Waterfalls are one of the world’s most mesmerizing natural wonders, and thousands of them cascade through New York State! These majestic beauties and their surroundings will take your breath away. But if you don’t take a break from the hustle of New York City life every once in a while, you’ll never see them. If you’re a local New Yorker like myself, you must explore these natural hidden gems to appreciate all New York has to offer fully. These are the most unique waterfalls you can’t miss.
Quick Tips for Visiting New York Waterfalls
If you’re new to the outdoor adventure lifestyle– welcome! Exploring New York is an unreal experience with endless natural discoveries. Before you start, here are a few things to consider:
- To make the most of your travel, rent a car to travel to more than one waterfall on your trip to Upstate New York.
- Carry out all garbage and items that you carry in. Respect for wildlife is crucial to protecting it– leave no trace.
- Bring a plastic garbage bag just in case the garbage bins are full or the trail does not have garbage bins available.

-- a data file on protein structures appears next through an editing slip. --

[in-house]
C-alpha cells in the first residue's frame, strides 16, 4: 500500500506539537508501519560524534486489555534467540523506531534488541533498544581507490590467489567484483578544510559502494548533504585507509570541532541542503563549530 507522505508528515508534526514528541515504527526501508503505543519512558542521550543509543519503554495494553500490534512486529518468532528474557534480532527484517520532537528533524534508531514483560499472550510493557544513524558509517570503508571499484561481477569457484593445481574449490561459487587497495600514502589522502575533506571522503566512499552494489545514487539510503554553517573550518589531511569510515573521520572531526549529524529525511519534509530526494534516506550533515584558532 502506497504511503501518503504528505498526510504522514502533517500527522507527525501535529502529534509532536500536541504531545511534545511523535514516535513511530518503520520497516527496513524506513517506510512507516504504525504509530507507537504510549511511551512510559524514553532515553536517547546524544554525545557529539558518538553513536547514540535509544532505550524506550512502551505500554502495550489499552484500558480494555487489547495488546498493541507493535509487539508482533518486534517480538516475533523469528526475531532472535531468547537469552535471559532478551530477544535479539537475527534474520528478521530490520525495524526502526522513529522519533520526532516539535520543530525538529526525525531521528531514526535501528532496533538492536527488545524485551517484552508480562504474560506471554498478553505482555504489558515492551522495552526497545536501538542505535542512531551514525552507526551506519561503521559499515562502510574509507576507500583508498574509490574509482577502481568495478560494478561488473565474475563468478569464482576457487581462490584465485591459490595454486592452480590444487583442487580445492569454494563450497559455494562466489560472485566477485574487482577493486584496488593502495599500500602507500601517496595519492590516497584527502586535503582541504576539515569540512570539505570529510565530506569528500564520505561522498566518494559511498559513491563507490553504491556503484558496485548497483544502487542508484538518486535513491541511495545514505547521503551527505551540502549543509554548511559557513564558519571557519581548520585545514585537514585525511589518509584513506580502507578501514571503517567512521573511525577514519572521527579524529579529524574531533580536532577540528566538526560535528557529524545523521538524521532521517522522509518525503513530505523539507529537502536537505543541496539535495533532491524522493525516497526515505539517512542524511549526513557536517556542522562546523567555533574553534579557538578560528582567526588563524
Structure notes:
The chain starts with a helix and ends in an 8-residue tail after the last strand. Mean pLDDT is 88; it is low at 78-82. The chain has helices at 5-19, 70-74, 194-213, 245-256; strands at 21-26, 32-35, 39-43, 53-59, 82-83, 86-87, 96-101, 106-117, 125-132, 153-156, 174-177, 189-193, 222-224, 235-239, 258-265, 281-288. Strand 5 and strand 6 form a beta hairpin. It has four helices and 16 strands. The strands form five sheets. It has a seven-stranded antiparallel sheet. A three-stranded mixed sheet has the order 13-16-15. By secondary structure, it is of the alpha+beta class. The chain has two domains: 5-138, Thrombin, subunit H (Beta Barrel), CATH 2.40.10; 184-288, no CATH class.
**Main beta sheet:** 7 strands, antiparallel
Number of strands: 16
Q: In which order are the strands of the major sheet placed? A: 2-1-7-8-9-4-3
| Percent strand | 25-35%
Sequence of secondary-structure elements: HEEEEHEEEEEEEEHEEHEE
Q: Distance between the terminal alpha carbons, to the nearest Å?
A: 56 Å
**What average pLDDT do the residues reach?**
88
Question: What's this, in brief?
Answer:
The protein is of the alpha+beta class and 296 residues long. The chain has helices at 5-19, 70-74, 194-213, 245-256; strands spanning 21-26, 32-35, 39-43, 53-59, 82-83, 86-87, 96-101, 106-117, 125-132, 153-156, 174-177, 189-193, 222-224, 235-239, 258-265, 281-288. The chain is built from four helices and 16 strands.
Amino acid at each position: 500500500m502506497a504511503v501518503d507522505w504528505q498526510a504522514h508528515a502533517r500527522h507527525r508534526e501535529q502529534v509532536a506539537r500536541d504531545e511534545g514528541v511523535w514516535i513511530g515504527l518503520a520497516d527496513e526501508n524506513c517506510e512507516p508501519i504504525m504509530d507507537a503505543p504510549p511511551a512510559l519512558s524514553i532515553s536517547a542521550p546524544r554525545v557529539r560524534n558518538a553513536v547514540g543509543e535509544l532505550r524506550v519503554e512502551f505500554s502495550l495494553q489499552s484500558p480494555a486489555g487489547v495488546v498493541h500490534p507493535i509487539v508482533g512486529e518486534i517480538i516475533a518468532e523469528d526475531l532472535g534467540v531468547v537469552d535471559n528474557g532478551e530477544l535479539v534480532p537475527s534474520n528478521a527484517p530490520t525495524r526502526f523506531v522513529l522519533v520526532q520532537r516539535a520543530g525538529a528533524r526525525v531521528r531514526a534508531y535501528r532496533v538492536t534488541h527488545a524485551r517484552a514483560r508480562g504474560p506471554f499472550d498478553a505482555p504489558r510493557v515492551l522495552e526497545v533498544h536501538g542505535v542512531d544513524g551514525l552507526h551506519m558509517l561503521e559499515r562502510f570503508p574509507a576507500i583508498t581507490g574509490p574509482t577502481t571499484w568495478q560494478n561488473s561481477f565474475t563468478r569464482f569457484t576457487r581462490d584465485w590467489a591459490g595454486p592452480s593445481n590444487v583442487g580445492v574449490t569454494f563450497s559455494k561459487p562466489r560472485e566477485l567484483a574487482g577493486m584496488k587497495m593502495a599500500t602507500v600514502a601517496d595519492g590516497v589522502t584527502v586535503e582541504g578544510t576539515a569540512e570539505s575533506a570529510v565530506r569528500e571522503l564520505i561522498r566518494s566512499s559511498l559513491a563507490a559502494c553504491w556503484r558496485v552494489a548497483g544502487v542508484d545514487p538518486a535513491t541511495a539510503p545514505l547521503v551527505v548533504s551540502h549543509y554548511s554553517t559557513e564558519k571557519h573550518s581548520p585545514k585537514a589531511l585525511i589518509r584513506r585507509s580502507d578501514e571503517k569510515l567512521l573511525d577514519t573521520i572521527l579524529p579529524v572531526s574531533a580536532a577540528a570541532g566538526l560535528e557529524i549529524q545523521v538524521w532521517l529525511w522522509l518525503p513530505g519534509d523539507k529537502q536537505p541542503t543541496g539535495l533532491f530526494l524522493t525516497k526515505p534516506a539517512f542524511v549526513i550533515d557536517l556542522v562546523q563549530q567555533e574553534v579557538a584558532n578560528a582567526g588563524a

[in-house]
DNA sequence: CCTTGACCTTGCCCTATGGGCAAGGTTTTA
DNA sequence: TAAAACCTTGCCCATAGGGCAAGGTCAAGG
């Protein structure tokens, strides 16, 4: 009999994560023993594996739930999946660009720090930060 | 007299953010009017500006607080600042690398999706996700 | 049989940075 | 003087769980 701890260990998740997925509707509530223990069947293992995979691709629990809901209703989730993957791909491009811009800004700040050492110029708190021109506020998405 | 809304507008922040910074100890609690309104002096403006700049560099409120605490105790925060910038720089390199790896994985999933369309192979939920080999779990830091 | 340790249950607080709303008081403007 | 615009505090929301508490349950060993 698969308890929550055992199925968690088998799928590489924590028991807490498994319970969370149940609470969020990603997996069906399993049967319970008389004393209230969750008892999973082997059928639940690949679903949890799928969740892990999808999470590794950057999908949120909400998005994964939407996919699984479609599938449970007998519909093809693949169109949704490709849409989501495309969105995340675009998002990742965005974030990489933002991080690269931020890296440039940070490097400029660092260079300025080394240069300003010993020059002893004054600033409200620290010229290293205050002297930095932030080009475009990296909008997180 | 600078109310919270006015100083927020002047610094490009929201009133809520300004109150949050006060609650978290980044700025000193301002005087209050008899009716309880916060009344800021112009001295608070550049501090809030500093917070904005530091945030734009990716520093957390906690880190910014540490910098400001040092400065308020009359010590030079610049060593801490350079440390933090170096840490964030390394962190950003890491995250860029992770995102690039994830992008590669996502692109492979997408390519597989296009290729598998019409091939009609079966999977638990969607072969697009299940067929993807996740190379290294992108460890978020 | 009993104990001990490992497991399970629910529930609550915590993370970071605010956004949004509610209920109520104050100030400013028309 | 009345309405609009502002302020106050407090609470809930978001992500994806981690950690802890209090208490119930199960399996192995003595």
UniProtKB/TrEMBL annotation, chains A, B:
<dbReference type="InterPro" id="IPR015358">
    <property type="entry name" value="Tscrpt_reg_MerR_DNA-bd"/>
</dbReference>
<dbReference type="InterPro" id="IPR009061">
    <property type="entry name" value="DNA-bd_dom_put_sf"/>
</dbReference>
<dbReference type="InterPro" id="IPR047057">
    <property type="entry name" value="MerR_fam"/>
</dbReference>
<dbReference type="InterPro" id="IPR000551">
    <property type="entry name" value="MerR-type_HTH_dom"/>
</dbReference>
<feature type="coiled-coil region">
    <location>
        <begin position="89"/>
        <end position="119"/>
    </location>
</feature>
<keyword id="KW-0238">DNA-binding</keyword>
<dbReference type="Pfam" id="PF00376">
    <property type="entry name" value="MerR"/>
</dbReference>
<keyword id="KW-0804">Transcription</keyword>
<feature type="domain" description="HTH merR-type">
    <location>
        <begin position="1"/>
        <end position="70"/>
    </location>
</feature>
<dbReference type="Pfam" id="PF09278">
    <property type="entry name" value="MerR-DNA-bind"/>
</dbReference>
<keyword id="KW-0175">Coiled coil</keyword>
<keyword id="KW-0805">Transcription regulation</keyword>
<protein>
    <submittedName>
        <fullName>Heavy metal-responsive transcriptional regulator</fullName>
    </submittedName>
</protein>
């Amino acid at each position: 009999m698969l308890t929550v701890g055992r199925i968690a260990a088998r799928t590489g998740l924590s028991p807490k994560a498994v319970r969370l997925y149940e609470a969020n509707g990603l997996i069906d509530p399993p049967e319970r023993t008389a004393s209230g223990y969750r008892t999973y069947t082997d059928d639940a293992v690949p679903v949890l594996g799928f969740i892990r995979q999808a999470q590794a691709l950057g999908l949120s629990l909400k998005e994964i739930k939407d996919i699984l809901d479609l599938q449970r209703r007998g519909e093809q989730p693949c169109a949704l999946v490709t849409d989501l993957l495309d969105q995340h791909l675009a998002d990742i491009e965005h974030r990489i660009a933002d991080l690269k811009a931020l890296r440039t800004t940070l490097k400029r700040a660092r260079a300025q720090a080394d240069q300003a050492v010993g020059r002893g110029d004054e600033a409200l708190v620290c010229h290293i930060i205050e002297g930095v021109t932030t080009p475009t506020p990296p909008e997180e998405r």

- Dispose of all your waste outside of the park or off the trail. Unlike New York City, most upstate parks do not have daily waste removal.
- Keep noise pollution down by playing your music low. Not everyone around you will appreciate your music (including wildlife). Be respectful of others, looking for the peace and quiet of nature.
- When hiking, stay on marked trails. Veering off the trails can be dangerous and destroy the local ecosystem and natural terrain.
- Be patient and have compassion for new outdoor adventure seekers. So many NYC residents are new to hiking in the outdoors and didn’t have the privilege of growing up around nature. Please show some empathy as they continue to learn and grow.
- Watch for ticks! Ticks in Upstate New York can transmit incurable diseases such as Lyme. Always tick-check yourself and your pets to remove any pests before they bite.
- Take a screen break. Put the phone away and reconnect to the world!
Our Other New York Travel Guides